So I am here to tell you, ya just never know.
We just have to be open to the next thing that appears.
So I am telling myself…as I work with determination and faith to develop a new venture I am alternately thrilled by and terrified of. (Can I end a sentence with of?)
I am thrilled because I have been informally sharing with anyone who would listen–and some who would not–my personal financial transformation.
After my divorce I decided to I needed to change my relationship with money. I knew if I was going to make it on my own financially I had to take a look what was not working-just like I had done with my ailing marriage. Over time and with a discerning eye it was clear-money and I needed some couples counseling.
So, one night, with a bottle of wine, steamed shrimp, cocktail sauce and chocolate for dessert (my comfort menu at the time), I sat myself and money down on the couch. We spent the evening reacquainting ourselves with one another. We painfully sorted through everything, especially what was coming in and what was going out.
What made this evening so memorable is that money and I became very clear we both needed more from each other. I needed money to help me have more adventures in my life and money needed me to be pay more attention to it.
So we began, awkwardly at first, like dancing with a new partner, to develop our rhythm.
This meant learning several new steps. I had to look at long held family dysfunctions concerning finances. I had to treat myself and money with respect…everyday. This meant making responsible money choices. At least once a month I needed to spend quality time with my budget and bills. Finally, and maybe most importantly, I needed to dream and plan my future.
The resulting two-step crescendoed into a very specific budget system I call The Best Money Management System in the World (pretentious perhaps, but true!). Eight years later I am living the financial life I dreamed about that night on the couch.
I recently shared my journey and my system with some close friends. Their unanimous advice was to teach this to others. “Really? Me teach money stuff?” I countered, “I can’t teach this.” This brings me to the terrified of part of my story.
You see I was never a math wiz. Actually, that isn’t quite true. I was good at math until I hit middle school where my 7th grade math teacher hated me. I, in turn, hated him. He was also the vice principal. So while commendations for History and Spanish were being sent home, Mr Small (yes that was really his name) sent home Math deficiencies. He called my mom in for conferences on my behavior and dress. He took exception to the culottes I wore, calling them shorts. Unfortunately for him, my mom had made those culottes and was quite proud of them. Mr Small was sorry he had shared his opinion with my mom. He never commented on my culottes again.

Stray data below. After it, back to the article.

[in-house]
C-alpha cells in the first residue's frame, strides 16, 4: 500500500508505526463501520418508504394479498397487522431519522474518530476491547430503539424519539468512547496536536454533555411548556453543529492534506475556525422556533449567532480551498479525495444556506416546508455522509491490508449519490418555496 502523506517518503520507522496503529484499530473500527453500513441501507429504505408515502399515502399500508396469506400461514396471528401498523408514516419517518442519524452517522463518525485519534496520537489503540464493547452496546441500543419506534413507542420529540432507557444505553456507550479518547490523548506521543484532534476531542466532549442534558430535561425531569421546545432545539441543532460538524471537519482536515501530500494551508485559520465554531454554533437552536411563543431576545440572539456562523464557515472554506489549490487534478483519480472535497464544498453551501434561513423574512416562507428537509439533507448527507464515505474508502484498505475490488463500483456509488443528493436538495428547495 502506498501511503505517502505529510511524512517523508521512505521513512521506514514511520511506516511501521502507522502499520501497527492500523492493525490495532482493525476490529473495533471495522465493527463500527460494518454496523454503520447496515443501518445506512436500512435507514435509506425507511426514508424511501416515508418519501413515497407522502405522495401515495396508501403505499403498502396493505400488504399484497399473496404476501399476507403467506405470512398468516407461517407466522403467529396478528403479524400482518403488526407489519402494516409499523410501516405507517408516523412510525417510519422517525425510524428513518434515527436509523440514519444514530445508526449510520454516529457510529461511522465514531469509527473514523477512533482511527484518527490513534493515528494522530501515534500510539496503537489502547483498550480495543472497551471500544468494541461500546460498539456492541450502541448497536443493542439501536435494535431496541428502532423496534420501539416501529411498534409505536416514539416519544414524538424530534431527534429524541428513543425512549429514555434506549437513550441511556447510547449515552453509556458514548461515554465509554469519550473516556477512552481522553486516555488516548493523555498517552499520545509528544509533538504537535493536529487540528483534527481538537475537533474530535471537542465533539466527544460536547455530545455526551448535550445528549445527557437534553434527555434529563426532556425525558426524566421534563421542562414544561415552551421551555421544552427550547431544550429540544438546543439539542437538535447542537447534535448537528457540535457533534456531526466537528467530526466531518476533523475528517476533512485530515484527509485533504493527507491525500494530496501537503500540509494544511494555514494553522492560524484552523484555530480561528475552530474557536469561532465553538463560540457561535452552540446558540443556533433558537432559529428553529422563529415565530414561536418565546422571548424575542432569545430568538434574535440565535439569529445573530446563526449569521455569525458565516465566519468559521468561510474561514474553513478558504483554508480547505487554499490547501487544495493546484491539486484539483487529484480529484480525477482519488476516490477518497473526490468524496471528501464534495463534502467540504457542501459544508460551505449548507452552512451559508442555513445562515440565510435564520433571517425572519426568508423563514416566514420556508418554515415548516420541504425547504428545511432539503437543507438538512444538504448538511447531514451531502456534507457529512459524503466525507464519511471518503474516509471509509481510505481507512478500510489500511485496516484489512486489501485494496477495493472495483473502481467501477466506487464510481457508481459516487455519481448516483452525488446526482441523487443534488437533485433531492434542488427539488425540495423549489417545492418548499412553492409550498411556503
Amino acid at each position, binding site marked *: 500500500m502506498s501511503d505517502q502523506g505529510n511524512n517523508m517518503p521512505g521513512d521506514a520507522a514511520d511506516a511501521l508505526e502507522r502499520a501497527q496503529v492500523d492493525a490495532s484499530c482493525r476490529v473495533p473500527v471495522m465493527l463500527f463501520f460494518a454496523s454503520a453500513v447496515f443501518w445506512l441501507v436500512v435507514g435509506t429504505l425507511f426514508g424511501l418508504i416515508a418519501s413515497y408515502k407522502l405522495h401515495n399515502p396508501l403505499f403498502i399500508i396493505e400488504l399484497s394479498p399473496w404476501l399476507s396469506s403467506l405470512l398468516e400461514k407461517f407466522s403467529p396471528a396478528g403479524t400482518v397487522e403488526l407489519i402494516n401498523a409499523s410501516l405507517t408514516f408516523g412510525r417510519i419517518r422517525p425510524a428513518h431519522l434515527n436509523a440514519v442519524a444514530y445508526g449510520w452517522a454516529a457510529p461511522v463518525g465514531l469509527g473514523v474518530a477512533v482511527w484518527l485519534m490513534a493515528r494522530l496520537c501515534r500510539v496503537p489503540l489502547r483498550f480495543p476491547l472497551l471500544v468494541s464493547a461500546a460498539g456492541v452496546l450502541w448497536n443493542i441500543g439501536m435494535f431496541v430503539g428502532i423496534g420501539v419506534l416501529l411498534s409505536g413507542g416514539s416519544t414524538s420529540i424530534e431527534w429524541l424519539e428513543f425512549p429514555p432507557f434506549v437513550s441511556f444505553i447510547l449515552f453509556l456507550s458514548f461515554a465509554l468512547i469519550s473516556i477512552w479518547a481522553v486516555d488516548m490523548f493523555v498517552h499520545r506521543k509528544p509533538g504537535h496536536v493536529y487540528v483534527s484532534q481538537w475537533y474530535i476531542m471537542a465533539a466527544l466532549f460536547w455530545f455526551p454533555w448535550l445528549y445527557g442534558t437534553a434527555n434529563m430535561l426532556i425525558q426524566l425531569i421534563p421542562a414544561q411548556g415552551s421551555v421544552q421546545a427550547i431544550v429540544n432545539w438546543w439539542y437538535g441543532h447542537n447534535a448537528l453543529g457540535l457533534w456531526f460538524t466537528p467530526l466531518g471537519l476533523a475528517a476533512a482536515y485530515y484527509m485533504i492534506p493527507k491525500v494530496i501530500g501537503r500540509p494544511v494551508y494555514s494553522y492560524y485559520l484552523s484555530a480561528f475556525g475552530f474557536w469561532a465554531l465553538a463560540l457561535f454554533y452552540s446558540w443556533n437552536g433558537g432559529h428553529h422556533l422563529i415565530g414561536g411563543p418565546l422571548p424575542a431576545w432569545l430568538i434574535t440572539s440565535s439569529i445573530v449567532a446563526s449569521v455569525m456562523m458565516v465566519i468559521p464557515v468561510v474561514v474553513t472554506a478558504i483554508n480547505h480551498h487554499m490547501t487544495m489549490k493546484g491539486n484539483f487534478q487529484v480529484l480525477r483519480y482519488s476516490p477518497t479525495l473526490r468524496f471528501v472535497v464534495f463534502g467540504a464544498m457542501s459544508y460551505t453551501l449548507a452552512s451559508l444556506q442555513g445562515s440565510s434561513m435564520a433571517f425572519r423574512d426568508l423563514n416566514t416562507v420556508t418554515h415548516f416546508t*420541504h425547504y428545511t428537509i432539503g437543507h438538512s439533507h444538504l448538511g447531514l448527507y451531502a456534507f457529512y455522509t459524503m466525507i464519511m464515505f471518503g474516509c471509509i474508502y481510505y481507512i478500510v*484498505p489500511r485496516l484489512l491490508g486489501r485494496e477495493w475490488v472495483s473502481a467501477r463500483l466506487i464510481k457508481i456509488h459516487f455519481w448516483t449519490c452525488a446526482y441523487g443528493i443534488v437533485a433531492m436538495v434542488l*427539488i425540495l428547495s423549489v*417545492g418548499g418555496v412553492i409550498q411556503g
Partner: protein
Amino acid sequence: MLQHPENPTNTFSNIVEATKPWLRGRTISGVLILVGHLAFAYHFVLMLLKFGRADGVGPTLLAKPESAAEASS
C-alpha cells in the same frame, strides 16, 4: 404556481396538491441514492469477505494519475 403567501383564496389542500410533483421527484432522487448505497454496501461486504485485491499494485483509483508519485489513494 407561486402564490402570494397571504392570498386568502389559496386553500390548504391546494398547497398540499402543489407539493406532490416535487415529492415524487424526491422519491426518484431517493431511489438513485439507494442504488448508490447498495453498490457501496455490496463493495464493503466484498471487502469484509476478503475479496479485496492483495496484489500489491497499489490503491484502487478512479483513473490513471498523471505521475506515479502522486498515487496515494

He also would keep me in his office all day bullying me into confessing to offenses I didn’t commit. I was a really good girl in middle school. I tried very hard to stay on adults’ good side. My rebellion thankfully showed her brilliant face though by refusing to give in to his harassment. I was determined and I succeeded sitting the full day in his office without showing him any hint of fatigue. He finally gave up, but the damage to my math self esteem was done. I had come to believe I was bad in math.
I went on to bomb out on my math SAT’s. I zoned out when I saw anything math related. My first job after college was as a bank teller outside of Richmond Virginia. My friends were astounded. They knew my talent was in talking with people, not banking. However, in Va. I needed a masters to work in the therapeutic field, so I took the job that would hire me.
Citizens Saving and Loan.
My money drawer never settled. Some days it was over, some days under. Amazingly Citizens never accused me of embezzling. I think it was because they knew I was not mathematically savvy enough to rip them off. At my exit interview my manager Rick commented that my people skills were exemplary. He went on to say that wasn’t so true of my teller skills.
He highlighted the day a familiar customer pulled up to the drive thru window explaining she had forgotten her check. She asked if I could give her the amount of the check and she would run the check back later in the day. I had no doubt she absolutely would bring the check in. I also knew first hand what a pain it is to forget your check when you need the cash for your next errand. I considered her request. I trusted her. I still believe, to this day, she would have come back with the check. Rick didn’t agree. He said, “No.”
Today, I am out from under Mr Small’s spell and I understand why Rick said no.
Necessity derailed my self-fulfilling prophecy, as it is known to do. I needed to support myself and my kids, I wanted a life with more financial pleasantness and security. I had to get serious with myself and with my relationship with money.
I am writing this on my way to Barcelona, Spain followed by 10 days in the South of France. Places I never dreamed I would be able to afford to visit. I have also been to vacation in Paris, Mexico, New Mexico, Wyoming, Cape Cod and the California wine country in the past 8 years.
My ability to travel is a dream come true. My ability to pay for it feels like a miracle, but it isn’t. It is a result of using a very specific budget system that thinks ahead so there is money there when you need some.